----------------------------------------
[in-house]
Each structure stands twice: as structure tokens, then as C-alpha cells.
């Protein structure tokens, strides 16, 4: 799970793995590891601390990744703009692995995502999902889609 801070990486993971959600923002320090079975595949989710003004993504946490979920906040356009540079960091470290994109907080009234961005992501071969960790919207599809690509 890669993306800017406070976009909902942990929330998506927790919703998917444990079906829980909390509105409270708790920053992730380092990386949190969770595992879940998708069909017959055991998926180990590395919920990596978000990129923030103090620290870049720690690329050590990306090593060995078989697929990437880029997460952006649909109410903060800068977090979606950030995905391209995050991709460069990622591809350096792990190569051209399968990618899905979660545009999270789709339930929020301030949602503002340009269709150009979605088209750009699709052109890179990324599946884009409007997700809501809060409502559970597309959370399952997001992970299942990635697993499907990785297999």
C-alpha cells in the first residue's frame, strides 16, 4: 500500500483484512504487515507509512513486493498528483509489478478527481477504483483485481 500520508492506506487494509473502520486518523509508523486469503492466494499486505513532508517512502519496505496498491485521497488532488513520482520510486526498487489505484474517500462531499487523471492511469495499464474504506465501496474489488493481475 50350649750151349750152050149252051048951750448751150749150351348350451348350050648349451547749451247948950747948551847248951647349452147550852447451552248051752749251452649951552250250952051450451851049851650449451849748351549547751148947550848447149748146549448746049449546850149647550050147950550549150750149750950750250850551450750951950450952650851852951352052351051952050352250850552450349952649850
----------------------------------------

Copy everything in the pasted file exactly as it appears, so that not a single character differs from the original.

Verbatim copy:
[in-house]
Each structure stands twice: as structure tokens, then as C-alpha cells.
């Protein structure tokens, strides 16, 4: 799970793995590891601390990744703009692995995502999902889609 801070990486993971959600923002320090079975595949989710003004993504946490979920906040356009540079960091470290994109907080009234961005992501071969960790919207599809690509 890669993306800017406070976009909902942990929330998506927790919703998917444990079906829980909390509105409270708790920053992730380092990386949190969770595992879940998708069909017959055991998926180990590395919920990596978000990129923030103090620290870049720690690329050590990306090593060995078989697929990437880029997460952006649909109410903060800068977090979606950030995905391209995050991709460069990622591809350096792990190569051209399968990618899905979660545009999270789709339930929020301030949602503002340009269709150009979605088209750009699709052109890179990324599946884009409007997700809501809060409502559970597309959370399952997001992970299942990635697993499907990785297999």
C-alpha cells in the first residue's frame, strides 16, 4: 500500500483484512504487515507509512513486493498528483509489478478527481477504483483485481 500520508492506506487494509473502520486518523509508523486469503492466494499486505513532508517512502519496505496498491485521497488532488513520482520510486526498487489505484474517500462531499487523471492511469495499464474504506465501496474489488493481475 50350649750151349750152050149252051048951750448751150749150351348350451348350050648349451547749451247948950747948551847248951647349452147550852447451552248051752749251452649951552250250952051450451851049851650449451849748351549547751148947550848447149748146549448746049449546850149647550050147950550549150750149750950750250850551450750951950450952650851852951352052351051952050352250850552450349952649850